Mindfulness, self-care, and wellness in social work: effects of contemplative training

Source:
SCIE Social Care Online
Publisher:
Taylor and Francis
Publication date:
01 January 2011

Abstract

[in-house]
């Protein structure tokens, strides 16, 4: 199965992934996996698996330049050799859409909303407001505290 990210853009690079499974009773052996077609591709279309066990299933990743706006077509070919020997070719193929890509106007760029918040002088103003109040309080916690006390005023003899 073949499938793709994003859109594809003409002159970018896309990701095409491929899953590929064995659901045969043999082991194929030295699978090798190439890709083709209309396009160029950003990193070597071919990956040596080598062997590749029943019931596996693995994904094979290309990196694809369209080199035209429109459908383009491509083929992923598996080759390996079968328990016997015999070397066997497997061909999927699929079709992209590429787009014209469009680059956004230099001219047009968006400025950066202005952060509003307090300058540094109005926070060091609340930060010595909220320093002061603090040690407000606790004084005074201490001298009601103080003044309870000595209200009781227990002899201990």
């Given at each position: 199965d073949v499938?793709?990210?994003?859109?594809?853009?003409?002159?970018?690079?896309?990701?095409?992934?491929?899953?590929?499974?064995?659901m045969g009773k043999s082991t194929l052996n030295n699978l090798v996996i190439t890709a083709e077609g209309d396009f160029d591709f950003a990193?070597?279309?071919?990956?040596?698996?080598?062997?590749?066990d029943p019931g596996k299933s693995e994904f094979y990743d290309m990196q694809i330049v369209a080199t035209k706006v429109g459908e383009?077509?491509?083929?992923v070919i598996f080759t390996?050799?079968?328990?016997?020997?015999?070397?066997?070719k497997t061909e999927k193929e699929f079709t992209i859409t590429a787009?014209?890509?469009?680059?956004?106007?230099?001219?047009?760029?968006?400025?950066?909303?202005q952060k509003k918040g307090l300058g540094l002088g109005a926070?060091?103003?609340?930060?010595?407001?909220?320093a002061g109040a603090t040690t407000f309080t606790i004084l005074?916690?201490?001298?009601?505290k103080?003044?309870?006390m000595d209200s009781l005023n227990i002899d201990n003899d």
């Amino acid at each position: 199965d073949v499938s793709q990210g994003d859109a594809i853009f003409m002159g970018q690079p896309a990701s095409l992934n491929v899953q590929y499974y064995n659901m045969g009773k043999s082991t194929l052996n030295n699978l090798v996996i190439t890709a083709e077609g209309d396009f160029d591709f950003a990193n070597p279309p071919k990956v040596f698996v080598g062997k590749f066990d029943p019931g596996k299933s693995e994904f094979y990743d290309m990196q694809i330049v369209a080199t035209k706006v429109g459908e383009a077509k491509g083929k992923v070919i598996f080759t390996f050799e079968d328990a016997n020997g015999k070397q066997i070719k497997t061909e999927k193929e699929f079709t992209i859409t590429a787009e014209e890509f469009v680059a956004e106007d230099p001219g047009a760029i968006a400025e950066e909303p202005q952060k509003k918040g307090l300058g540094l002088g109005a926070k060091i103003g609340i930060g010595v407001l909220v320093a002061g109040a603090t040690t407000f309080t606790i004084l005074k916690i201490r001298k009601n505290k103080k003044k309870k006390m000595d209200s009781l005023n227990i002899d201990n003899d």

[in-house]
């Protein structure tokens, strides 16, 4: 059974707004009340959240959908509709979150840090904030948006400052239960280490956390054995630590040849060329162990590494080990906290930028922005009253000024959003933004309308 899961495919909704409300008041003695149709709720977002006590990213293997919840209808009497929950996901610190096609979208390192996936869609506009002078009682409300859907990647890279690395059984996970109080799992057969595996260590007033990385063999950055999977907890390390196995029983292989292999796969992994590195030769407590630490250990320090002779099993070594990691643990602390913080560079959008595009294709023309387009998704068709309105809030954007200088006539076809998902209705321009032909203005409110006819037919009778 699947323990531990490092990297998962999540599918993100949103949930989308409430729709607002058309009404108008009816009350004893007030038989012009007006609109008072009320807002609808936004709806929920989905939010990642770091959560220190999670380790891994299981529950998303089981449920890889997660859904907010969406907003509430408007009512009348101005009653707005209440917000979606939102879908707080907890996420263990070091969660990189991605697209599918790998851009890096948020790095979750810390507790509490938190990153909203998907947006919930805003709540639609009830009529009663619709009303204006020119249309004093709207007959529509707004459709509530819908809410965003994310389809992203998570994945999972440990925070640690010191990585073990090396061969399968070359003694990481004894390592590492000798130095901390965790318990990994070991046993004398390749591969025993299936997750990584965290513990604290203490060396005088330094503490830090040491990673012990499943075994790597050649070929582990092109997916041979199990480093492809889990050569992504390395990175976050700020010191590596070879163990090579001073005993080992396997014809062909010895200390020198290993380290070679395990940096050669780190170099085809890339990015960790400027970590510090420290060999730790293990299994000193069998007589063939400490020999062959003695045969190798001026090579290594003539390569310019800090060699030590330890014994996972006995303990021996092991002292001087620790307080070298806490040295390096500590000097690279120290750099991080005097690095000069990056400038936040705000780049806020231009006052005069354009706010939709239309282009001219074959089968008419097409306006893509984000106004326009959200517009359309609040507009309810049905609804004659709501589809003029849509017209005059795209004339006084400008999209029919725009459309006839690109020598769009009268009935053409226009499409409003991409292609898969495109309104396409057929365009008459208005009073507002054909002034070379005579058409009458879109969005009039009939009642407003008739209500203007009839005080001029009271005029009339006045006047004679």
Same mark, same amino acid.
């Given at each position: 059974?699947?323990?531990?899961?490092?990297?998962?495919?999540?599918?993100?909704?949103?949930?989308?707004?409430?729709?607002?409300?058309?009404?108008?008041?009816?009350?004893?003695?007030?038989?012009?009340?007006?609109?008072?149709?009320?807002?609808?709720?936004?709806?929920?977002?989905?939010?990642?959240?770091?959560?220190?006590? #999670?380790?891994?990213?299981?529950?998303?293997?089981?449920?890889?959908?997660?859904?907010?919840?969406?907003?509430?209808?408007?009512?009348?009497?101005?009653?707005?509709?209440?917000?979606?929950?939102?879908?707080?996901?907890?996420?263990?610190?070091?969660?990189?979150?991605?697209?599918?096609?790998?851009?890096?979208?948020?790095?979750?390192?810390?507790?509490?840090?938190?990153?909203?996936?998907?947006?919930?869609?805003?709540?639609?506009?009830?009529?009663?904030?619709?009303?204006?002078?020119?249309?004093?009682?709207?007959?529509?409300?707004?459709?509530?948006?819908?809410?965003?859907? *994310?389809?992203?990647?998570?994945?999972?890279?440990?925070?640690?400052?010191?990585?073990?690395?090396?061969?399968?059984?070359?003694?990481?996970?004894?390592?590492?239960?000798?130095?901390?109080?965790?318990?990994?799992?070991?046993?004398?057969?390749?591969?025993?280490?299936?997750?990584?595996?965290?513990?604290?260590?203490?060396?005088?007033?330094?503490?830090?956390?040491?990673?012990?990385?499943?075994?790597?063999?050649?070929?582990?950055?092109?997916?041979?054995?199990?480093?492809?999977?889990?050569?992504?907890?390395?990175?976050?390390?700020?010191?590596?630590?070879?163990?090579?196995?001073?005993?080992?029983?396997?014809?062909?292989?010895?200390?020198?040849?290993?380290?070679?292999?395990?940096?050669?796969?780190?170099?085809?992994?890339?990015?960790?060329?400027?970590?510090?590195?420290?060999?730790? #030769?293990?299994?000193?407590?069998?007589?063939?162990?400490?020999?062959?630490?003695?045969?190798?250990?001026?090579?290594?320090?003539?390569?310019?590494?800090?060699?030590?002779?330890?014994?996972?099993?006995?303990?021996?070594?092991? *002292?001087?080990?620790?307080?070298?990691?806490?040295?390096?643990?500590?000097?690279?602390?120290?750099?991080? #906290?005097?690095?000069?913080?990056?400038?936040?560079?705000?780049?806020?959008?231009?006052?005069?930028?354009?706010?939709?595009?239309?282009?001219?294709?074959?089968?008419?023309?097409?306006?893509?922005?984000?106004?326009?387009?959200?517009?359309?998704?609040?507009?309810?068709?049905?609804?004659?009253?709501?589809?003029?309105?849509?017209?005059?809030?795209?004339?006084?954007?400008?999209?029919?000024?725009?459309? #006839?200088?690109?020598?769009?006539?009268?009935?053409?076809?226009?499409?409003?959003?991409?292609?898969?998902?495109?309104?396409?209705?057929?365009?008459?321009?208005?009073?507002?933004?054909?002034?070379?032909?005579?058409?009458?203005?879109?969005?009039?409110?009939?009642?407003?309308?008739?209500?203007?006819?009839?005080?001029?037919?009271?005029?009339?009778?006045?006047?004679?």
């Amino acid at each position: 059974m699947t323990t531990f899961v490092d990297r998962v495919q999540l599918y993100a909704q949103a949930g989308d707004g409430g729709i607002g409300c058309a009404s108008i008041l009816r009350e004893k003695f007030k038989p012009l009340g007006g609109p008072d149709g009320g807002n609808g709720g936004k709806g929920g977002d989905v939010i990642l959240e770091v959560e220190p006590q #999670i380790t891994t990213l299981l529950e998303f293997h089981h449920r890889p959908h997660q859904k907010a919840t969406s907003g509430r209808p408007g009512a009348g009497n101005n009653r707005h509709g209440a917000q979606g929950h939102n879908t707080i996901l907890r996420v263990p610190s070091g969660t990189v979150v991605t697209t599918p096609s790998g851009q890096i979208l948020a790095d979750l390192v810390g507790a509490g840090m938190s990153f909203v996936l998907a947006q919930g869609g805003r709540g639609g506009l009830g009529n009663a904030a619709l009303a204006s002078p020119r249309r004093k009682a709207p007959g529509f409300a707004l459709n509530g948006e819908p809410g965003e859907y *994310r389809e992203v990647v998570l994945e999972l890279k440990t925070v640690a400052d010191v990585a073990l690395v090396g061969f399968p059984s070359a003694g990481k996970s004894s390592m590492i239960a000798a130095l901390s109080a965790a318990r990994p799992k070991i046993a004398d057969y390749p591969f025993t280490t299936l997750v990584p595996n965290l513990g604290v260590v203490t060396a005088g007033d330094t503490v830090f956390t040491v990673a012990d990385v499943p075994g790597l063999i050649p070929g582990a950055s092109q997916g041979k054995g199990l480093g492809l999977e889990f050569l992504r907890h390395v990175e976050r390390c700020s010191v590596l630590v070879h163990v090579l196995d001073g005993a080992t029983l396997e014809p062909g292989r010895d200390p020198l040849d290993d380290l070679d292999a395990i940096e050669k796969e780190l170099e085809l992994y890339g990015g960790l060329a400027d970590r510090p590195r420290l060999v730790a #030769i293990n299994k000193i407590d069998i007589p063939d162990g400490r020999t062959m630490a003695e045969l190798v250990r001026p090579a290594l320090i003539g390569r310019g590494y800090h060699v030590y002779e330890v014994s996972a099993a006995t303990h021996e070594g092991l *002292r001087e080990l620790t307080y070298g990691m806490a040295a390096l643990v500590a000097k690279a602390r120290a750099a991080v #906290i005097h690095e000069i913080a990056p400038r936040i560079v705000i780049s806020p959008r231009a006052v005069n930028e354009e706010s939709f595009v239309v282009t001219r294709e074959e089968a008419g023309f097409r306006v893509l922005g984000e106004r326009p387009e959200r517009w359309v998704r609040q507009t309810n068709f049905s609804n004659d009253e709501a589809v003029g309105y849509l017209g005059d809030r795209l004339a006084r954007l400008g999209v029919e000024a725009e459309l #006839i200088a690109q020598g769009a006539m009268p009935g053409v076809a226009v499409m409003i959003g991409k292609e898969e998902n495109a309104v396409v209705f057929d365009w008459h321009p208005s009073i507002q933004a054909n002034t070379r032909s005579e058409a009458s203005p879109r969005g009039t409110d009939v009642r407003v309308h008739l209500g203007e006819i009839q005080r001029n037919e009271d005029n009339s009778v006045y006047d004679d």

Social workers engaged in supporting people through challenging circumstances can themselves be susceptible to high levels of stress. However, regular self-care practices may reduce the impact of stress while also serving as strategies for coping during particularly stressful times. This study investigated the effectiveness of eight weeks of contemplative practice training in increasing self-care, awareness, and coping strategies for 12 social workers in Canada. Analysis on pre- and post-training scores on the Perceived Stress Scale and the Mindfulness Attention and Awareness Scale showed that mindfulness was significantly increased and that stress significantly decreased over the course of the intervention. Participants suggested that time, permission, and place for learning and practicing mindfulness-based activities are necessary. The authors present a meditative model to highlight how enhanced awareness through mindfulness practice can increase self-care which can improve the service they provide to clients.